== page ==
Open thy mouth wide, and I will fill it
From the diary of George Muller:
"On December 5th, however, the subject of my prayer all at once became different. I was reading Psalm 8 and was particularly struck, more than at any time before, with verse 10: "Open thy month wide, and I will fill it." I thought a few moments about these words, and then was led to apply them to the case of the Orphan-House. It struck me that I had never asked the Lord for anything concerning it, except to know His will, respecting its being established or not; and I then fell on my knees and opened my mouth wide, asking Him for much.
I asked in submission to His will, and without fixing a time when He should answer my petition. I prayed that He would give me a house, i. e., either as a loan, or that someone might be led to pay the rent for one, or that one might be given permanently for this object; further, I asked Him for £1000; and likewise for suitable individuals to take care of the children. Besides this, I have been since led to ask the Lord, to put into the hearts of His people to send me articles of furniture for the house, and some clothes for the children.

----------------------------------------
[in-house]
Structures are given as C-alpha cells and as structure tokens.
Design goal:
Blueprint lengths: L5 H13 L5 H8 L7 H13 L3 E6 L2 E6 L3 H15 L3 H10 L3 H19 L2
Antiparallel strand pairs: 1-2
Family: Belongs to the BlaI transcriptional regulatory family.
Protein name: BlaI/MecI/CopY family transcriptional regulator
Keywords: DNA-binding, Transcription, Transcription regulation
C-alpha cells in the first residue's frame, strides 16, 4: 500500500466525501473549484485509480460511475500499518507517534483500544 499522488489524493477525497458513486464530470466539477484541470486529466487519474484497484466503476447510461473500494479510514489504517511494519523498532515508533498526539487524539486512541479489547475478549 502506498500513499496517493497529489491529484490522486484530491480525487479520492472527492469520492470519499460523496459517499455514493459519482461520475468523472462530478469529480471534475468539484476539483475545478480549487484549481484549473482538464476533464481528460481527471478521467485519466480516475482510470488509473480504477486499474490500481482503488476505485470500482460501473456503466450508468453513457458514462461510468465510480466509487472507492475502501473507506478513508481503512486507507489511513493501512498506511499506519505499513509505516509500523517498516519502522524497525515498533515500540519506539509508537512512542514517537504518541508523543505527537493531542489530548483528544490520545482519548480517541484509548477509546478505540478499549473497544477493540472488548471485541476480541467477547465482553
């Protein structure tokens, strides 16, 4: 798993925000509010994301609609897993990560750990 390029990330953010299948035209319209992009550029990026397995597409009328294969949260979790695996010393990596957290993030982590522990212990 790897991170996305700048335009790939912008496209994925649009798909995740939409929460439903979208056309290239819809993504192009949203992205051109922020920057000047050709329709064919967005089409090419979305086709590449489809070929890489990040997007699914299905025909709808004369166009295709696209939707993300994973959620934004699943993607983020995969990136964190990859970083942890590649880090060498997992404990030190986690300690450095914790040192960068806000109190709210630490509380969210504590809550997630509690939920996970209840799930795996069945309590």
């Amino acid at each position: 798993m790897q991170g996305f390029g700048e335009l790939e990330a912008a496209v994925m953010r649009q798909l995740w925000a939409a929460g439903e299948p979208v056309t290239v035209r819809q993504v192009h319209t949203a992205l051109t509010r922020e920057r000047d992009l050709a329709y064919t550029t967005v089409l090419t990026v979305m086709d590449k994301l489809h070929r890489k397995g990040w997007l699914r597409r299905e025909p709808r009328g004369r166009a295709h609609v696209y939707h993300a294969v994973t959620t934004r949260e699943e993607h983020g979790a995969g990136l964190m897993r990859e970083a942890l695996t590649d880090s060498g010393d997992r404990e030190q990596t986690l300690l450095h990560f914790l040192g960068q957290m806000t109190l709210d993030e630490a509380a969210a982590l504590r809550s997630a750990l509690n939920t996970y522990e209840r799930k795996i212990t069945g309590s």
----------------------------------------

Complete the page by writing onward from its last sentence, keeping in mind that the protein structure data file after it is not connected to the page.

When I was asking the petition, I was fully aware what I was doing, i. e., that I was asking for something which I had no natural prospect of obtaining from the brethren whom I know, but which was not too much for the Lord to grant."
"December 10, 1835.—This morning I received a letter, in which a brother and sister wrote thus:—"We propose ourselves for the service of the intended Orphan-House, if you think us qualified for it; also to give up all the furniture, which the Lord has given us, for its use; and to do this without receiving any salary whatever; believing that if it be the will of the Lord to employ us, He will supply all our needs."
"Dec. 13.—A brother was influenced this day to give 4s. per week, or £10 8s. yearly, as long as the Lord gives the means; 8s. was given by him as two weeks' subscriptions. To-day a brother and sister offered themselves, with all their furniture, and all the provisions which they have in the house, if they can be usefully employed in the concerns of the Orphan-House."
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